Legacy Income Shows Signs Of Positivity

Following the coronavirus pandemic, in April charities were advised to prepare for a fall in legacy income. However, now further forecasts have been made, and have provided a glimmer of hope with regards to legacy giving.

Legacy Foresight looked at a variety of economic, demographic and administrative information to make its predictions. The performance they say in these three areas have been mixed, but have improved since their previous forecasts in April.

Over the five year forecast period legacy incomes are expected to grow, reaching £3.6bn to £3.8bn by 2024.

Cash legacy income could shrink by between 4% and 23% in 2020. The impact on accrued income is likely to be less severe, although this will be dependent on the accruals policies of individual charities.

The average value of residual bequests is likely to drop by between 3% and 7% in 2020 due to the impact of the crisis on house prices and share prices.

Charities and other organisations involved in the administrative processing of estates have adapted relatively quickly to the crisis, so delays on the arrival of bequest notifications should be fairly limited.

However, there is still potential for the flow of cash income to be disrupted by increases in the length of time taken to sell property assets in a subdued property market

Jon Franklin, economist at Legacy Foresight, says:

“Our scenarios now suggest that legacy cash income could fall by between 4% and 23% in 2020, reflecting the economic environment as well as the delays in the sale of property assets from estates caused by a slow-moving housing market. However, as administrative delays unwind and income starts to flow from the anticipated increase in bequests, it’s likely that income could rise quite rapidly during 2021 and 2022.”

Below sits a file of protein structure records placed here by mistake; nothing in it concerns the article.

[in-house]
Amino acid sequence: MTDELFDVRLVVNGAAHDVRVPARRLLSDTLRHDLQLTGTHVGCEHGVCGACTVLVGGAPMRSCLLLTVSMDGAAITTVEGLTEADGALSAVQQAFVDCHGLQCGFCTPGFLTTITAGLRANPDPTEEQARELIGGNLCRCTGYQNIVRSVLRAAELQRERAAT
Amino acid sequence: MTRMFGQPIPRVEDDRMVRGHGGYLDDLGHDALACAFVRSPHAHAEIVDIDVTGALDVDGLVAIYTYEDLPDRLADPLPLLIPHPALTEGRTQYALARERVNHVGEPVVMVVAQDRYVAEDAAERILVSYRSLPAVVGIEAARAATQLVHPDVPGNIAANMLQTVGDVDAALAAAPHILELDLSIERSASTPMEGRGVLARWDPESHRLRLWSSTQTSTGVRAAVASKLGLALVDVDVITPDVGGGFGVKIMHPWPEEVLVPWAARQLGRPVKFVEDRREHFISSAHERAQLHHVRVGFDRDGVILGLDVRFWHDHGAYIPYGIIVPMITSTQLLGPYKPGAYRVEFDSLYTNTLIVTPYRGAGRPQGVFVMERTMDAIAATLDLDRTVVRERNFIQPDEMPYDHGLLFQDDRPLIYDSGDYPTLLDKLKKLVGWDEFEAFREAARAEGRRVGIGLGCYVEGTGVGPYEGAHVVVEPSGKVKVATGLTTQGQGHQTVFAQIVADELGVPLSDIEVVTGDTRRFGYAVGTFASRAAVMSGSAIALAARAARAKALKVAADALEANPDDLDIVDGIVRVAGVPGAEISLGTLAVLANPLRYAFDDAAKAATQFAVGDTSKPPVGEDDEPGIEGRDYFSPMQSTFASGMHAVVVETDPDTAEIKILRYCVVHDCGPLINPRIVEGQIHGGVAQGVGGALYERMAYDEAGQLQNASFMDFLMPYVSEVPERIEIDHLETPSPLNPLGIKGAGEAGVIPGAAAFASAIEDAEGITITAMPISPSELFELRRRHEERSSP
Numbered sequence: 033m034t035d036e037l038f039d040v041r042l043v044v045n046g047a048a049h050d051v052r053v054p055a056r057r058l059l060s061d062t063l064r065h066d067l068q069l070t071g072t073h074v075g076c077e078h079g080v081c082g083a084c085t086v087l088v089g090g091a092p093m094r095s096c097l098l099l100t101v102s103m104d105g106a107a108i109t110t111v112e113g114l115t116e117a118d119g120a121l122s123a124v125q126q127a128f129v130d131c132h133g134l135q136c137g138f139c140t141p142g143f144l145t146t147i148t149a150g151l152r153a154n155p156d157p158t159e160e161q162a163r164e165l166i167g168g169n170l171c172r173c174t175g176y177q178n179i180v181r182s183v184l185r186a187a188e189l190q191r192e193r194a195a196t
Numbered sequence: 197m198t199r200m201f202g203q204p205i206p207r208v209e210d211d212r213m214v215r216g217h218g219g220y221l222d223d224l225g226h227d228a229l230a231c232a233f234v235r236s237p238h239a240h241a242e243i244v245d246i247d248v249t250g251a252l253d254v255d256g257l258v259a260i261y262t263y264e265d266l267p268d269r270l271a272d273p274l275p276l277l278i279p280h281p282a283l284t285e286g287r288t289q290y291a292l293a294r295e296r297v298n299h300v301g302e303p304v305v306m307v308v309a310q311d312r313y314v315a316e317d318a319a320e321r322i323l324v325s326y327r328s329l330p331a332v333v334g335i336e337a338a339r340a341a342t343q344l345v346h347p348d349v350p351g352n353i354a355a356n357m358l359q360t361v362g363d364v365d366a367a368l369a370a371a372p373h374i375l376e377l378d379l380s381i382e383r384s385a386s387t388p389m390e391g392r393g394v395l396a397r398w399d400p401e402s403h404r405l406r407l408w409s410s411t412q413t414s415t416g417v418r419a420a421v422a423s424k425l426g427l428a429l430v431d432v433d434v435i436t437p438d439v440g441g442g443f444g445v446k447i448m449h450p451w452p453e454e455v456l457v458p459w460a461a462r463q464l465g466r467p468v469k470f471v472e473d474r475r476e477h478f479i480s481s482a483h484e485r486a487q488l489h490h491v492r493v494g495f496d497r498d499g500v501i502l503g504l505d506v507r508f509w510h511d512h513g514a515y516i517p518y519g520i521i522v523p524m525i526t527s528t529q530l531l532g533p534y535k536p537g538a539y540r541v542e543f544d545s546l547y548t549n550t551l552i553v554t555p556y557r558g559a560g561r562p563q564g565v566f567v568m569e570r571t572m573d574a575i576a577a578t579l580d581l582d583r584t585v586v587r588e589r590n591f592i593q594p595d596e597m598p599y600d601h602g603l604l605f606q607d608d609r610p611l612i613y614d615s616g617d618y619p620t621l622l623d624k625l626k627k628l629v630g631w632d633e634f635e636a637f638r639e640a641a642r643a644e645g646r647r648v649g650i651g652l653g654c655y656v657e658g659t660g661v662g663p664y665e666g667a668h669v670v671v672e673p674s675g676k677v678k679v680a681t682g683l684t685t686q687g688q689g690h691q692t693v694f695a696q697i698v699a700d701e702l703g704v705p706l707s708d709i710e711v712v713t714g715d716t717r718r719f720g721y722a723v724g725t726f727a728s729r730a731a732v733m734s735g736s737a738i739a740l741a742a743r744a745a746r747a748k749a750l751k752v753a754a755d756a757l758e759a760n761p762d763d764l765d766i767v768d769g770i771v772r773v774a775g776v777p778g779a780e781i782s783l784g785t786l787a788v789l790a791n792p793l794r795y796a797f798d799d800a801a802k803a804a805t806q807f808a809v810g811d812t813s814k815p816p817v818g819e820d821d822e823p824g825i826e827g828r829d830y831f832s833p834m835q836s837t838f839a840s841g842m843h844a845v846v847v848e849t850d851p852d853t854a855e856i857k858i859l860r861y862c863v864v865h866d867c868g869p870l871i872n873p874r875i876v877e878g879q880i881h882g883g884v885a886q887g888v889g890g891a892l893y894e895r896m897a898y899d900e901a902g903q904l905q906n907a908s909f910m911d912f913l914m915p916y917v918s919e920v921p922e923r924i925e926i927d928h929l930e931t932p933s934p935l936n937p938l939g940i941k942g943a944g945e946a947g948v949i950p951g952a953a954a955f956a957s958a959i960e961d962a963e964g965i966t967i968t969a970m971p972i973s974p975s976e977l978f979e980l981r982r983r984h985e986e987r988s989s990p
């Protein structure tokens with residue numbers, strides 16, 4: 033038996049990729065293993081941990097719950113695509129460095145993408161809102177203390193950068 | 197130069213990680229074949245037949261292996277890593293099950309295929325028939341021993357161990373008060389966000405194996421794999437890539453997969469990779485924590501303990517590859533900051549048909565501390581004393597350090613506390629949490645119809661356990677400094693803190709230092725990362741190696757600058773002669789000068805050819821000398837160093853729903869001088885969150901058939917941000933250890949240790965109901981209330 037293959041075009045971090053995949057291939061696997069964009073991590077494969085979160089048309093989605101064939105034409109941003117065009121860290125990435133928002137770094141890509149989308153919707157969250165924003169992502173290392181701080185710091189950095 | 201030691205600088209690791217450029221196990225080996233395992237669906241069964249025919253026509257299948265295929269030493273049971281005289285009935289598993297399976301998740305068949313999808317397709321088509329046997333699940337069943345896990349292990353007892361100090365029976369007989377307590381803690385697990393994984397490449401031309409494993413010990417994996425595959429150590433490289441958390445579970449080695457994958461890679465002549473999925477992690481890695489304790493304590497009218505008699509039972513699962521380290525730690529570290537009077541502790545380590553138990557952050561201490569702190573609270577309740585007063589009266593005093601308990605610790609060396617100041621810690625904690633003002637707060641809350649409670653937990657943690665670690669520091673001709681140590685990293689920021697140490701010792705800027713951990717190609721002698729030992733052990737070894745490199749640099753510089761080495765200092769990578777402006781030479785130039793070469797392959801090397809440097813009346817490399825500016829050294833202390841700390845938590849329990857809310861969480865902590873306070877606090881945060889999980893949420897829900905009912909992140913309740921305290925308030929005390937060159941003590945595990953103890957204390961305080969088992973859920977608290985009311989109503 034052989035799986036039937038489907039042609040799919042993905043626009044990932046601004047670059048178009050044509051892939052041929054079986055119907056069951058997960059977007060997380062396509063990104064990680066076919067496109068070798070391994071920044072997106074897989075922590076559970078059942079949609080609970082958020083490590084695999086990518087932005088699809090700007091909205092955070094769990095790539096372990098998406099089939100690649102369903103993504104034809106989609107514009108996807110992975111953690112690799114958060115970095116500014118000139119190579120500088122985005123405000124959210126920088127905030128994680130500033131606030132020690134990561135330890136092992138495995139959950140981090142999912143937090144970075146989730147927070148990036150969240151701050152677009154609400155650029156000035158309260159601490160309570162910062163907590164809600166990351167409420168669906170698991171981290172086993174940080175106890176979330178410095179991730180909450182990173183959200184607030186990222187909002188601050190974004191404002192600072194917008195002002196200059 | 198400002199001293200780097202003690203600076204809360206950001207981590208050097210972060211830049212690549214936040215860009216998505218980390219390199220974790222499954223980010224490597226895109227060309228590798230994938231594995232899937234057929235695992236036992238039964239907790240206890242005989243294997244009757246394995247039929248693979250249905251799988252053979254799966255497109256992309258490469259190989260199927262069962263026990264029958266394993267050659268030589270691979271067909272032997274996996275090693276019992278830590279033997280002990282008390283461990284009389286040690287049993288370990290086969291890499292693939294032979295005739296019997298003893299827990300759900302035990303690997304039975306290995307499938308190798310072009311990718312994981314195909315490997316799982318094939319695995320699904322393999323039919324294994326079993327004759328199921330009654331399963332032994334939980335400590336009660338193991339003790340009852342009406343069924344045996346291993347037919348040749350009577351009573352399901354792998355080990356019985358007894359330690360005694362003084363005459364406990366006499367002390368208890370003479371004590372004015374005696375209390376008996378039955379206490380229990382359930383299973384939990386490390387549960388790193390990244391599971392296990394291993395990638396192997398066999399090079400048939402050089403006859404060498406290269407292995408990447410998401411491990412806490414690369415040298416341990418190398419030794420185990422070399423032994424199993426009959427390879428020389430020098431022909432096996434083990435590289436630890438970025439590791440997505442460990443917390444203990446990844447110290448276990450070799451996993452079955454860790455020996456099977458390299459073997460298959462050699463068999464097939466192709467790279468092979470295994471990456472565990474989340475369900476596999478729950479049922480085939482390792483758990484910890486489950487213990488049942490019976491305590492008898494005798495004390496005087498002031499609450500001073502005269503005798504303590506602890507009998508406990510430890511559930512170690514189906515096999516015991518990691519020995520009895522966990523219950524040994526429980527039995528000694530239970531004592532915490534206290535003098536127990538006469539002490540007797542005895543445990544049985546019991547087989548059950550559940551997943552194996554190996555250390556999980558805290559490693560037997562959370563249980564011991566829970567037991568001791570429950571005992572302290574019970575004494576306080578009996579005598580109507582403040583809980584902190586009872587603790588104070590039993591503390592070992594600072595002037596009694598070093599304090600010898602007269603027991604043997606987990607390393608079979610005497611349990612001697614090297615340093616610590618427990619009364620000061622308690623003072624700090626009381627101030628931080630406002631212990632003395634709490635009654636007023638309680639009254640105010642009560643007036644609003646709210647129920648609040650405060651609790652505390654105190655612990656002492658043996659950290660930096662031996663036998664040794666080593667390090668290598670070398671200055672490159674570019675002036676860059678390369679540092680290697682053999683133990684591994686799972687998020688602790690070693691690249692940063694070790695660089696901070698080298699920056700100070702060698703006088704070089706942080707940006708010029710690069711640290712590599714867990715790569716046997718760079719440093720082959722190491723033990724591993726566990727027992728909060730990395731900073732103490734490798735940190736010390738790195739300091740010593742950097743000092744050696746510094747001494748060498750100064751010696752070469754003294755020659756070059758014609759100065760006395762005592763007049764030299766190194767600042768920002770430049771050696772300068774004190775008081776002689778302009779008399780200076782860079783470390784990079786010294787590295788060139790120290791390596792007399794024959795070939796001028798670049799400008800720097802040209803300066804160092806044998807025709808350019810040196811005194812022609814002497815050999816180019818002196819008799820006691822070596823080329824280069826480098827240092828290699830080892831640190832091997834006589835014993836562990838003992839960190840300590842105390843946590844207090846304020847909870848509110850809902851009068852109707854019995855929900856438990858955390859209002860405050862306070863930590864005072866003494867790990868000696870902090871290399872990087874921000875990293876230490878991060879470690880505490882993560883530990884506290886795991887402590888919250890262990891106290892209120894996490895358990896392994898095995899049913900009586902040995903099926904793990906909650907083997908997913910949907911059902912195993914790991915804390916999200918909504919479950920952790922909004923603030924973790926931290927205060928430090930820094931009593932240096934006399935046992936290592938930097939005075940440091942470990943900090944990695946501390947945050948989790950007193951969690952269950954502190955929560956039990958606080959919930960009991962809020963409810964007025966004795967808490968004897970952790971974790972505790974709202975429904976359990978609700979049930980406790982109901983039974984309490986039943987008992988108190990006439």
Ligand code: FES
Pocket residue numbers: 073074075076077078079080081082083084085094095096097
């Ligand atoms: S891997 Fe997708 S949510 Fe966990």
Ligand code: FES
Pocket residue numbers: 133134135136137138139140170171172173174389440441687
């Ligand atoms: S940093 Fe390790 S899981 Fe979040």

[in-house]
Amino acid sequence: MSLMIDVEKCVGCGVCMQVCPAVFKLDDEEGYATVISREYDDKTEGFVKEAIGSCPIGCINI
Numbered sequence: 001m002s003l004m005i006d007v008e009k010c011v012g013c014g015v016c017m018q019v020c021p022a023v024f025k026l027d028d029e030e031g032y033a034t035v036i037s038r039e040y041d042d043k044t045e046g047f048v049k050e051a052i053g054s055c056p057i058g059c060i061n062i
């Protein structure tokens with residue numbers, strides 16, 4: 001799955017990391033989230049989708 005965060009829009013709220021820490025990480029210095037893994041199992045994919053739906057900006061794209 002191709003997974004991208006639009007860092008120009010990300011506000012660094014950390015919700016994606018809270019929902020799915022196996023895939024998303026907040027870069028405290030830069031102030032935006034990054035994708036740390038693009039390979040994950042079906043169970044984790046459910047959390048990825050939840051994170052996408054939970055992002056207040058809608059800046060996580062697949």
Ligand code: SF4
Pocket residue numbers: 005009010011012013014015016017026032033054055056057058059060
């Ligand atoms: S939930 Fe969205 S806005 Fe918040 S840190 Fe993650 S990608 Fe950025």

Franklin adds:

“We recently analysed cash legacy income from 12 Legacy Monitor charities in the first six weeks of lockdown. Across the sample, like for like cash income was down by 18% on 2019. Although this fall is significant, it’s not as severe as expected, which is heartening news for legacy managers and finance directors. We expect the situation to improve over the coming months, as charities continue to adapt their systems for collecting cash and recording bequest numbers in the new environment.”

Matthew Lagden, CEO of the Institute of Legacy Management, says:

“There is no question that that last two months have been exceptionally difficult, both for our members and for the probate profession as a whole, but it is heartening to see that the ability of the sector to adapt and overcome these difficulties means that income may not be as depressed as we originally feared. It is even more heartening to see that the prospects for legacy income over the next five years remain buoyant.”

Rob Cope, Director of Remember A Charity, says:

“Voluntary income will often come in peaks and troughs, but this year has been more uncertain than ever. Despite the challenges to estate values, it’s legacy income that has sustained many charities and frontline services throughout the crisis. This long-term income stream will become all the more important in the months and years ahead.

“The pandemic has made it exceptionally challenging for charities to raise the topic of legacy giving with supporters at a time when mortality is very much front of mind. But by working together, we have the opportunity to convey the importance of gifts in Wills collectively and secure vital charitable services now and long into the future.”

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